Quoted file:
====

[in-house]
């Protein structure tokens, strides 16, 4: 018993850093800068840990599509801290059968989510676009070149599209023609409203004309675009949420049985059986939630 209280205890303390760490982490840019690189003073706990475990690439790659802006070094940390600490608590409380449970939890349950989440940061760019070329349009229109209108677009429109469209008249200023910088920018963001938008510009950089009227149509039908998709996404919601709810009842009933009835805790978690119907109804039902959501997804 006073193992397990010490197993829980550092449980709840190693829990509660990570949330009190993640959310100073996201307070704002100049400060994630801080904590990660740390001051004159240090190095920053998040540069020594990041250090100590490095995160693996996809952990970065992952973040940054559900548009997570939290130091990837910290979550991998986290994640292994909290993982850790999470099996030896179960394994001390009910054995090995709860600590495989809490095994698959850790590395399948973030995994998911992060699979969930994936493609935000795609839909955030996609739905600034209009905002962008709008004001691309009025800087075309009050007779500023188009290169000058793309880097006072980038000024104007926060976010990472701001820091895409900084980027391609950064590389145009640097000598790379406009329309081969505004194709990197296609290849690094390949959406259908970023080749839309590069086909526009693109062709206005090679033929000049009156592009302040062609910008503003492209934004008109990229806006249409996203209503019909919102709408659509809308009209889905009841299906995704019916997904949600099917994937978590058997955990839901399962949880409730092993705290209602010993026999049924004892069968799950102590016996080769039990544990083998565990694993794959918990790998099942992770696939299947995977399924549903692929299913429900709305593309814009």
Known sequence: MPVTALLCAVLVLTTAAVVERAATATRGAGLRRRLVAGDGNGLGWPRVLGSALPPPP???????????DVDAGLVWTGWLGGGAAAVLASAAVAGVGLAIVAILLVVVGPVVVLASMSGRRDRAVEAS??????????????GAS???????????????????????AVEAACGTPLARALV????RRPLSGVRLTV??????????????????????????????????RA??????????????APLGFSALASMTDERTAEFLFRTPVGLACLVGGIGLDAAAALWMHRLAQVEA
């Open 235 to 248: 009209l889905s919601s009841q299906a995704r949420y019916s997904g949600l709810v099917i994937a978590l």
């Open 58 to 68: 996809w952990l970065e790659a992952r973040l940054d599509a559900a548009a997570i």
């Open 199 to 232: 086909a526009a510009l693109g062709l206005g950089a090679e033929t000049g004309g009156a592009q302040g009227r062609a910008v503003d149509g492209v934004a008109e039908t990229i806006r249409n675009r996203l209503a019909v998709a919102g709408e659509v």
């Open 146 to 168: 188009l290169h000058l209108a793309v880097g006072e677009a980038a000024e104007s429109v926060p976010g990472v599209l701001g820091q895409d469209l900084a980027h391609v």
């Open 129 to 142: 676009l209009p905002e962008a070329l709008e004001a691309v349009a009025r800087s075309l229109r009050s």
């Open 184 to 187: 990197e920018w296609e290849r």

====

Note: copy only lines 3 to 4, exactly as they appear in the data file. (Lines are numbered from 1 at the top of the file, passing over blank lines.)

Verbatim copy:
Known sequence: MPVTALLCAVLVLTTAAVVERAATATRGAGLRRRLVAGDGNGLGWPRVLGSALPPPP???????????DVDAGLVWTGWLGGGAAAVLASAAVAGVGLAIVAILLVVVGPVVVLASMSGRRDRAVEAS??????????????GAS???????????????????????AVEAACGTPLARALV????RRPLSGVRLTV??????????????????????????????????RA??????????????APLGFSALASMTDERTAEFLFRTPVGLACLVGGIGLDAAAALWMHRLAQVEA
């Open 235 to 248: 009209l889905s919601s009841q299906a995704r949420y019916s997904g949600l709810v099917i994937a978590l």